Wisdom is first of all pure. A pure person is uncorrupted, undefiled, genuine, real, and lives a life of integrity. Sadly, many who claim to be Christians are not authentic as evidenced by their lifestyles. They try to portray themselves as something they aren't. If you have wisdom from above, you do not lie, cheat, or deceive people. You do not use people for selfish purposes. Instead, you seek to be used in the lives of others for their benefit. This humble attitude comes from the Holy Spirit working in our lives as we seek wisdom from God. "Let this mind (attitude) be in you that is also in Christ Jesus" (Philippians 2:5).

To many, lying, or distorting the truth, is a normal way of life. Television programs and movies glamorize such conduct as a normal, acceptable, and preferred way of life. Proverbs 10:9 says, "The man of integrity walks securely." If we are truthful and honest in all our dealings, we don't have to fear that our lies will catch up with us. We are secure because we are forthright. Such purity gives us security and peace of mind. I'm thankful that God has given me wise Christian friends whose lives are marked by purity and integrity. "Words of true wisdom are as refreshing as a bubbling brook."  --Proverbs 18:4 

    In ancient China, the people desired security from the barbaric hordes to the north. So they built the Great Wall of China. It was too high to climb over, too thick to break down, and too long to go around. Security achieved!  The only problem was that during the first hundred years of the wall's existence, China was invaded three times. Was the wall a failure? Not really -- for not once did the barbaric hordes climb over the wall, break it down, or go around it.  How then did they get into China? The answer lies in human nature. They simply bribed the gatekeeper and then marched right in through a gate. The fatal flaw in the Chinese defense was placing too much reliance on a wall and not putting enough effort into building character into the gatekeepers." --Illustrations for Biblical Preaching, Edited by Michael P. Green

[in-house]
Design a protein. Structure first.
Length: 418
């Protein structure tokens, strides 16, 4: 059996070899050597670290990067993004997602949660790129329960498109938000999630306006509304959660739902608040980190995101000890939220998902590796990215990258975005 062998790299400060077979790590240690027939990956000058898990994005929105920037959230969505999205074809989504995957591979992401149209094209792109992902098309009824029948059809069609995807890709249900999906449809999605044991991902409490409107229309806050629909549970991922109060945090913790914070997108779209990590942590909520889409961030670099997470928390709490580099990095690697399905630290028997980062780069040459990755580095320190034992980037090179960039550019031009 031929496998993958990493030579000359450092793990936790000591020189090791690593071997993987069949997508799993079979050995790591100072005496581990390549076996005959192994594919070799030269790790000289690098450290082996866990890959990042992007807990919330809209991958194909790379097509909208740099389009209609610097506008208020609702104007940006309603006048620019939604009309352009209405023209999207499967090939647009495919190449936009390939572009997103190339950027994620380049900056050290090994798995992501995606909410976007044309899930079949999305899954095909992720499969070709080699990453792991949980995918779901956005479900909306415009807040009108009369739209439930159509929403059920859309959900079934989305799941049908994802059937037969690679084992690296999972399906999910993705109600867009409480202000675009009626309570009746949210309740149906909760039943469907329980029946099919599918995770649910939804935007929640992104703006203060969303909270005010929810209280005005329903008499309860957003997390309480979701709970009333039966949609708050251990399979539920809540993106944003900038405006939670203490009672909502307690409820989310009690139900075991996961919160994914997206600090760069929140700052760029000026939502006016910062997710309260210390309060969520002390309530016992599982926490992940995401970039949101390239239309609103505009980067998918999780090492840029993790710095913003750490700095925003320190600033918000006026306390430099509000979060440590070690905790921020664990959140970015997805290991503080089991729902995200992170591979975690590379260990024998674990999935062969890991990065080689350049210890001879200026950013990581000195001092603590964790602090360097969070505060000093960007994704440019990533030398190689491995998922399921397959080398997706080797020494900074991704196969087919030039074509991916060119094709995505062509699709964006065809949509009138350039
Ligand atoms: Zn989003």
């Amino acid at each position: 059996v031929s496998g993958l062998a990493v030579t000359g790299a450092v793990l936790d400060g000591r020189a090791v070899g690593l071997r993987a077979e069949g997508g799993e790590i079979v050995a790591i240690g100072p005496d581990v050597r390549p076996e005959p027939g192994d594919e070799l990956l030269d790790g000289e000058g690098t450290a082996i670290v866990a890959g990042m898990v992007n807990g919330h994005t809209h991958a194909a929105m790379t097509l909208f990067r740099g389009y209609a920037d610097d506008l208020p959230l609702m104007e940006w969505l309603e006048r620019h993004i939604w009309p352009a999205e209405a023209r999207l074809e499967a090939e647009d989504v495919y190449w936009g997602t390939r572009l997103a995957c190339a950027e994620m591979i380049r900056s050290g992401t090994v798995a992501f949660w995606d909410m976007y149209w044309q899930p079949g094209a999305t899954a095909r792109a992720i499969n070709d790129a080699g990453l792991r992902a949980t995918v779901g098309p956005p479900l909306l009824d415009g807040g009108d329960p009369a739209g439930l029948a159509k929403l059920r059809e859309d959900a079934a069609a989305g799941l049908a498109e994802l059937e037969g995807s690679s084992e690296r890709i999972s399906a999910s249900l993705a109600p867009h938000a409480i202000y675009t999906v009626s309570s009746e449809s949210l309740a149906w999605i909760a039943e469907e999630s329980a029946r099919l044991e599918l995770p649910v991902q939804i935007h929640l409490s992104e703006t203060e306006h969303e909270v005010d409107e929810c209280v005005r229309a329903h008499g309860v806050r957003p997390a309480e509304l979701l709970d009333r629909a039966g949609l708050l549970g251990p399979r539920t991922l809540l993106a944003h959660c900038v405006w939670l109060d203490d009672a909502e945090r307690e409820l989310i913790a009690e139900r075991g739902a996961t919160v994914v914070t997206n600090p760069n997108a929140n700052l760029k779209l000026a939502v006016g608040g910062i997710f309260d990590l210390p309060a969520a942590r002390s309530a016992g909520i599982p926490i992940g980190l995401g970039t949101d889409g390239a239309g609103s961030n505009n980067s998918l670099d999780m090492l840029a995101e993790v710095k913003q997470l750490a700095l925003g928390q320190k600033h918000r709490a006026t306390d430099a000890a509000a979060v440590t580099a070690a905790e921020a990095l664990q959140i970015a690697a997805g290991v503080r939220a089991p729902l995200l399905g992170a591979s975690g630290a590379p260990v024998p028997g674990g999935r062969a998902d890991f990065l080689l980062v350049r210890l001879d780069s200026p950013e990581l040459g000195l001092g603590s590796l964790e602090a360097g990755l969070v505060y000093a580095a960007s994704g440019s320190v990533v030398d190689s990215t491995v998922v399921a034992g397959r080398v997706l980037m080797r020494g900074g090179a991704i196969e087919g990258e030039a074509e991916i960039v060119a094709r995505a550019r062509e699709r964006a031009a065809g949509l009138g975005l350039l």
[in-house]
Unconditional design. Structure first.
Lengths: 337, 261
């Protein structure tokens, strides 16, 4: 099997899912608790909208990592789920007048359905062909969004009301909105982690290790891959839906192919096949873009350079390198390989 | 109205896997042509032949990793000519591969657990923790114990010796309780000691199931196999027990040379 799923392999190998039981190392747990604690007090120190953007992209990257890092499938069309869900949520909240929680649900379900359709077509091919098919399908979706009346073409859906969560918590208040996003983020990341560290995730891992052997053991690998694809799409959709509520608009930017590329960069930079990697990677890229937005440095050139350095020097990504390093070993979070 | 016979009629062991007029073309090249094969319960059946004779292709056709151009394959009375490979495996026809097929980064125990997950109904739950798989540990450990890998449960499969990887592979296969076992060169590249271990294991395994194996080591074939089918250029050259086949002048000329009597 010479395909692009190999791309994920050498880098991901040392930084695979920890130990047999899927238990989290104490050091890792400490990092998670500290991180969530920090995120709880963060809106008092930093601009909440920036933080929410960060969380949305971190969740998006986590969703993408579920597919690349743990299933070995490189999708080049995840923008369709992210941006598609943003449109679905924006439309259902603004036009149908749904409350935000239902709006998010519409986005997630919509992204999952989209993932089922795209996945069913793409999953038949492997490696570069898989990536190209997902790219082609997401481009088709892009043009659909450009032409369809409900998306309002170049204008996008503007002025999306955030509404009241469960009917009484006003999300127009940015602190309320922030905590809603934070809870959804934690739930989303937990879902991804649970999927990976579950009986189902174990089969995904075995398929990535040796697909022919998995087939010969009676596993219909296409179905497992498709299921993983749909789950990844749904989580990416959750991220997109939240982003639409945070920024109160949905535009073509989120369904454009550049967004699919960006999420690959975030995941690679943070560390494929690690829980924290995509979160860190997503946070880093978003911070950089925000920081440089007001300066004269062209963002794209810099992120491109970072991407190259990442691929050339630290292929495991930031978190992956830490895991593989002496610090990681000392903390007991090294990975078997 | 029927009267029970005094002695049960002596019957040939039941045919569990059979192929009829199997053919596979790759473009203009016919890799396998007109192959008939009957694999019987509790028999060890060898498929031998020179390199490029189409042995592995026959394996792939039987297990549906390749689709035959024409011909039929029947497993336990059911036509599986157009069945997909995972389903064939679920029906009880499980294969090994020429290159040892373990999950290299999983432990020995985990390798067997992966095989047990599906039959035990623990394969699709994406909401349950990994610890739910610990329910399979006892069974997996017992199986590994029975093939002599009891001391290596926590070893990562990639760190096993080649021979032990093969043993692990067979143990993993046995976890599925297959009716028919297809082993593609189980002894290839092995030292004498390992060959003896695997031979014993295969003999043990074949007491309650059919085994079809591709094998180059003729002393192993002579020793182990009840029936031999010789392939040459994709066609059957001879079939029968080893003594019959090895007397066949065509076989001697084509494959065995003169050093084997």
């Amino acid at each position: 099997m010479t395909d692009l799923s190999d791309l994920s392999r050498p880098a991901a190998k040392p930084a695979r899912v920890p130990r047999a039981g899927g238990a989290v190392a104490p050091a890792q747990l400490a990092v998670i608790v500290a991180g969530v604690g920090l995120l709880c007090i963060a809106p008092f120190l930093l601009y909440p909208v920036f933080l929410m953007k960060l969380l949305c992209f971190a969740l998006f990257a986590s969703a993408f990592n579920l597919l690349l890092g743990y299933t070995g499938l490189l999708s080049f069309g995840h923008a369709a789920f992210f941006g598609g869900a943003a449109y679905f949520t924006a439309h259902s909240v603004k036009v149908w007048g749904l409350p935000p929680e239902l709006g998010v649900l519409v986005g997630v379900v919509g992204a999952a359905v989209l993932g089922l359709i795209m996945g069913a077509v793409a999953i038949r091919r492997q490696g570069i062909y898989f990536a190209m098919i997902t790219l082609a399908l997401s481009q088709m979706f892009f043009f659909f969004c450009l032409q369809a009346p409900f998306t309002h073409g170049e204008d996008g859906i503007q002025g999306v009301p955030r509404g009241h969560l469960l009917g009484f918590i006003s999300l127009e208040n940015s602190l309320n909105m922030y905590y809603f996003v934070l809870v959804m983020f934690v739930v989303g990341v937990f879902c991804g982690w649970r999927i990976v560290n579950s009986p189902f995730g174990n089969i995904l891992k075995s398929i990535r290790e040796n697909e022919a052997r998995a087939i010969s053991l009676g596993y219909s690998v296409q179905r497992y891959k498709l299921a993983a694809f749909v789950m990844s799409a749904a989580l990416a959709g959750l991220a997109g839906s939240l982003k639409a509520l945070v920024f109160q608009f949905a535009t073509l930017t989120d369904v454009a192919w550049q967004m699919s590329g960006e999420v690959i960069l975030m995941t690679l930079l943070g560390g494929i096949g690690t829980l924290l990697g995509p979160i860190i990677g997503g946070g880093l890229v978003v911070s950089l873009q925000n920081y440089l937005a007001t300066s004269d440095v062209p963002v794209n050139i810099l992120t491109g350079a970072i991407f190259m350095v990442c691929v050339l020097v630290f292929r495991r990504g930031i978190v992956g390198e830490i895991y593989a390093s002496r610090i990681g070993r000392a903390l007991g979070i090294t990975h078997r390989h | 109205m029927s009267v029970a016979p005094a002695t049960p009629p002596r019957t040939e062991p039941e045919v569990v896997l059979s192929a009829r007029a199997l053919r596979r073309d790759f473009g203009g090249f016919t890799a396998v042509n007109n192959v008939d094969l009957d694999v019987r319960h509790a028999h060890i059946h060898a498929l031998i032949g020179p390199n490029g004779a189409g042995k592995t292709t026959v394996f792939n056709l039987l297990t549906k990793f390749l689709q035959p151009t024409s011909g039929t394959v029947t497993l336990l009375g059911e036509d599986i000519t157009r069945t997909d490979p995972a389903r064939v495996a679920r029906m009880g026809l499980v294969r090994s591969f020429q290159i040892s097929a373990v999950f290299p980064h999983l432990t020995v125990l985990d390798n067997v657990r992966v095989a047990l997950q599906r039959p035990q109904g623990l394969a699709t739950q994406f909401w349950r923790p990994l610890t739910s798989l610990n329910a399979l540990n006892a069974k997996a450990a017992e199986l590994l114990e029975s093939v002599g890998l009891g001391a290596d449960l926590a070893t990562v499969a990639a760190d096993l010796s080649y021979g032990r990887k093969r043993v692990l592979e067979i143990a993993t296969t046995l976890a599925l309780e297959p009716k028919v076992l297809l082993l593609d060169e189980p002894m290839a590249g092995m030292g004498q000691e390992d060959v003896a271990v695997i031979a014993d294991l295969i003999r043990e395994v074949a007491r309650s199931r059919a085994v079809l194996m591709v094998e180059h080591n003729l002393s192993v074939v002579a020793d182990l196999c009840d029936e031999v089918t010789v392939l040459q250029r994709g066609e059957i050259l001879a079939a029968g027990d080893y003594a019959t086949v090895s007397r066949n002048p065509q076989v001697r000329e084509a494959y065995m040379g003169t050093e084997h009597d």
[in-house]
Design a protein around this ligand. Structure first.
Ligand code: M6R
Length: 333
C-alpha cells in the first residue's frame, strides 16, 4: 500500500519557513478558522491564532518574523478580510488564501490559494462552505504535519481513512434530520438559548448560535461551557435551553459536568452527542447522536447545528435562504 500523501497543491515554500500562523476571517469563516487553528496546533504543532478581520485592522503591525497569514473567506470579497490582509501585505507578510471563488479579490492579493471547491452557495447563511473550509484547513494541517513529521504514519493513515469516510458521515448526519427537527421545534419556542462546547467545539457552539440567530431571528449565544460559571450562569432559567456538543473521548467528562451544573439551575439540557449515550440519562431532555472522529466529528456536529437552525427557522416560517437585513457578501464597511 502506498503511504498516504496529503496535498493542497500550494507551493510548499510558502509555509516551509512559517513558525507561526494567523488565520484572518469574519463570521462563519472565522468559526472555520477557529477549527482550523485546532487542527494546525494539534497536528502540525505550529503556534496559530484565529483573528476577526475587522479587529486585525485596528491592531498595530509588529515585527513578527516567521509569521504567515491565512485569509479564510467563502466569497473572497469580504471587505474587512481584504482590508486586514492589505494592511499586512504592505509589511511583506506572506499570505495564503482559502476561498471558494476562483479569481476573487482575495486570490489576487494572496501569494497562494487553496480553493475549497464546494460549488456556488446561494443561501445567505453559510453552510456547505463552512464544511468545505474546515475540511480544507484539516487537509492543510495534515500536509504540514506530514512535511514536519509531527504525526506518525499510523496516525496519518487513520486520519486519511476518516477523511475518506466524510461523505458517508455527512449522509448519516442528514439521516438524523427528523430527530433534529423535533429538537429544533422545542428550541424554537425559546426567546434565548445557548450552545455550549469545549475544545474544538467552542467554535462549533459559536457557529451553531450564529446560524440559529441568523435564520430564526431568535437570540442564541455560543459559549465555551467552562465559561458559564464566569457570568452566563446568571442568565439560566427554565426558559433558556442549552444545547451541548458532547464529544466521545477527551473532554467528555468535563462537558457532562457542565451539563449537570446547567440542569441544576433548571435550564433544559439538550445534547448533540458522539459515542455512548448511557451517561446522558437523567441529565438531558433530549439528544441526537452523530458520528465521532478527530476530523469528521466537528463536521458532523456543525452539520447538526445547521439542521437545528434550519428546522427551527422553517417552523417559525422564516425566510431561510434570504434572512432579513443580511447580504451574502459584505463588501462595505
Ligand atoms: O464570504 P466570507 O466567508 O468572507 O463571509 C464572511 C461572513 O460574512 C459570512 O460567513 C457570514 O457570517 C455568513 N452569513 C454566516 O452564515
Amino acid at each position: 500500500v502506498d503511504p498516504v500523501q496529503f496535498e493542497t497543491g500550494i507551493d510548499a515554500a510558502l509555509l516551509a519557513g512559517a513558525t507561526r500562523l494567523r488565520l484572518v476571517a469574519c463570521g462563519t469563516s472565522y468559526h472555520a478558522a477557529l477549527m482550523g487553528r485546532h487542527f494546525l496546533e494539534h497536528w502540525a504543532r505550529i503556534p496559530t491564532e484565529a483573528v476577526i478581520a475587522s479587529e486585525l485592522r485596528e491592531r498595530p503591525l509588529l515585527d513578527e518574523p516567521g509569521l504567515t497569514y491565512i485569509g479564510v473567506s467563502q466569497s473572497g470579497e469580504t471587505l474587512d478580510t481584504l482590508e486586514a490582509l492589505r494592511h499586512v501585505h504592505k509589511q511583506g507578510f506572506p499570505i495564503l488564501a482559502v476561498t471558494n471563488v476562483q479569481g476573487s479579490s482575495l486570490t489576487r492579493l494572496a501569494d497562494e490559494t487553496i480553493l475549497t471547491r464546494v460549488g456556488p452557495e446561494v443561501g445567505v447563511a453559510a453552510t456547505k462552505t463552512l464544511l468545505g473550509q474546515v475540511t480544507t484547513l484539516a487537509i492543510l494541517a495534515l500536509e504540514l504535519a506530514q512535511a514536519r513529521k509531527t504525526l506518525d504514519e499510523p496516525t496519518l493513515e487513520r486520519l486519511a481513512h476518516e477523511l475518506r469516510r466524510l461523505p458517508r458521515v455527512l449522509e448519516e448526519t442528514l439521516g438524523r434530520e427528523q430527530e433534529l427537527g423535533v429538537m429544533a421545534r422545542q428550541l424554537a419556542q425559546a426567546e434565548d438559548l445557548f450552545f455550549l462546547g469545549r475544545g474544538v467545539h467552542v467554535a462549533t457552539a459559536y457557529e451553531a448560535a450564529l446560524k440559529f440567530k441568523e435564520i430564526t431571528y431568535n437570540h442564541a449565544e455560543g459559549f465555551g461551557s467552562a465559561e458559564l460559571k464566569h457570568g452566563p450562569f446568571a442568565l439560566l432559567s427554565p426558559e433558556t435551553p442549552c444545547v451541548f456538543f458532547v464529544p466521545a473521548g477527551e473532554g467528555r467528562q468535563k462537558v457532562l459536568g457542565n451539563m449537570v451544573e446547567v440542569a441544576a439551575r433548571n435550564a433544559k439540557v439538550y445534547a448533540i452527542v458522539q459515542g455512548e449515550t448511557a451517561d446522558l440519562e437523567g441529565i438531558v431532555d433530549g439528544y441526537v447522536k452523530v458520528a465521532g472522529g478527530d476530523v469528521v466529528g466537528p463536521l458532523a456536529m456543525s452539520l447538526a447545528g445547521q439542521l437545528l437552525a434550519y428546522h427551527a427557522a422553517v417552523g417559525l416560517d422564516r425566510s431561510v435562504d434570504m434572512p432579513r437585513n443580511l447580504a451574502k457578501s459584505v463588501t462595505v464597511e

God desires to make us pure by instilling His wisdom into our value systems. "If any of you lacks wisdom, he should ask God, who gives generously to all without finding fault, and it will be given to him/her" (James 1:5).

Love, Jerry & Dotse

Friday, November 1, 2013

A Defiled Conscience

Chuckle:  Father: "You have four Ds and a C on your report card!"  Son: "I know. I think I concentrated too much on one subject." 
Quote:  "Most of us follow our conscience as we follow a wheelbarrow. We push it in front of us in the direction we want to go." --Billy Graham